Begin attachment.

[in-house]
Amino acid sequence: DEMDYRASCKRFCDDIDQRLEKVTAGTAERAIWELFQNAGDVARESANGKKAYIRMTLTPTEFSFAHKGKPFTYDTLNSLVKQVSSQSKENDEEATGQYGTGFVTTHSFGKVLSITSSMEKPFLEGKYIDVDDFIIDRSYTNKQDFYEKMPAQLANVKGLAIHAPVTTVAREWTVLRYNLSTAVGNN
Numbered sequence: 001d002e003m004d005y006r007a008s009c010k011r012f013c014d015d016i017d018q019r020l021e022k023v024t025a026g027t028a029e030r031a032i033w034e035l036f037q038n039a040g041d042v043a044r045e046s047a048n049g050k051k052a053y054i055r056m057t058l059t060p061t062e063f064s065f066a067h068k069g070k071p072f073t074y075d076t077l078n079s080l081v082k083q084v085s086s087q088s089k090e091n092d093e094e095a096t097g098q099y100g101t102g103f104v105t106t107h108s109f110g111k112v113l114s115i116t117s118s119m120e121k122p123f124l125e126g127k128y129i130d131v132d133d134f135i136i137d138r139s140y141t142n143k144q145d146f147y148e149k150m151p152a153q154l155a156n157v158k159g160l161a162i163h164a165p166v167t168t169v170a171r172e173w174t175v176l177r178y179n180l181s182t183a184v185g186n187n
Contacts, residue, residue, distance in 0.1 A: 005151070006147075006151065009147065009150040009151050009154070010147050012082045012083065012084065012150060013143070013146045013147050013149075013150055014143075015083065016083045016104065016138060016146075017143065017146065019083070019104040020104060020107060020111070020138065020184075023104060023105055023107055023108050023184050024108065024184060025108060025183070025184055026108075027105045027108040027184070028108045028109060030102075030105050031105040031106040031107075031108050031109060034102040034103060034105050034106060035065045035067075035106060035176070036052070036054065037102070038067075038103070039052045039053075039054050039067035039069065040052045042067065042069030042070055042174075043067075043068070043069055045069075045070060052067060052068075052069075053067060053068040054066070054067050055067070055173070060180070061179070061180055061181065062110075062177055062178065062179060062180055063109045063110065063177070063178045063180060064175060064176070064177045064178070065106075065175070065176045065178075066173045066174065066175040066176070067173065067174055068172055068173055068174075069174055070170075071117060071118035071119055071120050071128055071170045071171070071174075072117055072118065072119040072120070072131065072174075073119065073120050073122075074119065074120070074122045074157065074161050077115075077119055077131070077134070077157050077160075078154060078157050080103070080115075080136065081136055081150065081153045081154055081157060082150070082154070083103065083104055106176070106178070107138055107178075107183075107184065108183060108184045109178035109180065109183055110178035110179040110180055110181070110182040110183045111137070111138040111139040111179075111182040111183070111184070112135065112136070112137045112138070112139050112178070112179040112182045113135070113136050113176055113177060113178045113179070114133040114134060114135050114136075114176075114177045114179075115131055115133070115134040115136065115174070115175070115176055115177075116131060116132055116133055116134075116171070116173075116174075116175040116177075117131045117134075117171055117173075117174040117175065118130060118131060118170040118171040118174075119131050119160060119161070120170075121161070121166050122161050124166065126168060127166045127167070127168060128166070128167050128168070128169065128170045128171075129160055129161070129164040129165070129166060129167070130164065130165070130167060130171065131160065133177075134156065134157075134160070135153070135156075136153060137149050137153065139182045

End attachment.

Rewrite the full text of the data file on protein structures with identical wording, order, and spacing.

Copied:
[in-house]
Amino acid sequence: DEMDYRASCKRFCDDIDQRLEKVTAGTAERAIWELFQNAGDVARESANGKKAYIRMTLTPTEFSFAHKGKPFTYDTLNSLVKQVSSQSKENDEEATGQYGTGFVTTHSFGKVLSITSSMEKPFLEGKYIDVDDFIIDRSYTNKQDFYEKMPAQLANVKGLAIHAPVTTVAREWTVLRYNLSTAVGNN
Numbered sequence: 001d002e003m004d005y006r007a008s009c010k011r012f013c014d015d016i017d018q019r020l021e022k023v024t025a026g027t028a029e030r031a032i033w034e035l036f037q038n039a040g041d042v043a044r045e046s047a048n049g050k051k052a053y054i055r056m057t058l059t060p061t062e063f064s065f066a067h068k069g070k071p072f073t074y075d076t077l078n079s080l081v082k083q084v085s086s087q088s089k090e091n092d093e094e095a096t097g098q099y100g101t102g103f104v105t106t107h108s109f110g111k112v113l114s115i116t117s118s119m120e121k122p123f124l125e126g127k128y129i130d131v132d133d134f135i136i137d138r139s140y141t142n143k144q145d146f147y148e149k150m151p152a153q154l155a156n157v158k159g160l161a162i163h164a165p166v167t168t169v170a171r172e173w174t175v176l177r178y179n180l181s182t183a184v185g186n187n
Contacts, residue, residue, distance in 0.1 A: 005151070006147075006151065009147065009150040009151050009154070010147050012082045012083065012084065012150060013143070013146045013147050013149075013150055014143075015083065016083045016104065016138060016146075017143065017146065019083070019104040020104060020107060020111070020138065020184075023104060023105055023107055023108050023184050024108065024184060025108060025183070025184055026108075027105045027108040027184070028108045028109060030102075030105050031105040031106040031107075031108050031109060034102040034103060034105050034106060035065045035067075035106060035176070036052070036054065037102070038067075038103070039052045039053075039054050039067035039069065040052045042067065042069030042070055042174075043067075043068070043069055045069075045070060052067060052068075052069075053067060053068040054066070054067050055067070055173070060180070061179070061180055061181065062110075062177055062178065062179060062180055063109045063110065063177070063178045063180060064175060064176070064177045064178070065106075065175070065176045065178075066173045066174065066175040066176070067173065067174055068172055068173055068174075069174055070170075071117060071118035071119055071120050071128055071170045071171070071174075072117055072118065072119040072120070072131065072174075073119065073120050073122075074119065074120070074122045074157065074161050077115075077119055077131070077134070077157050077160075078154060078157050080103070080115075080136065081136055081150065081153045081154055081157060082150070082154070083103065083104055106176070106178070107138055107178075107183075107184065108183060108184045109178035109180065109183055110178035110179040110180055110181070110182040110183045111137070111138040111139040111179075111182040111183070111184070112135065112136070112137045112138070112139050112178070112179040112182045113135070113136050113176055113177060113178045113179070114133040114134060114135050114136075114176075114177045114179075115131055115133070115134040115136065115174070115175070115176055115177075116131060116132055116133055116134075116171070116173075116174075116175040116177075117131045117134075117171055117173075117174040117175065118130060118131060118170040118171040118174075119131050119160060119161070120170075121161070121166050122161050124166065126168060127166045127167070127168060128166070128167050128168070128169065128170045128171075129160055129161070129164040129165070129166060129167070130164065130165070130167060130171065131160065133177075134156065134157075134160070135153070135156075136153060137149050137153065139182045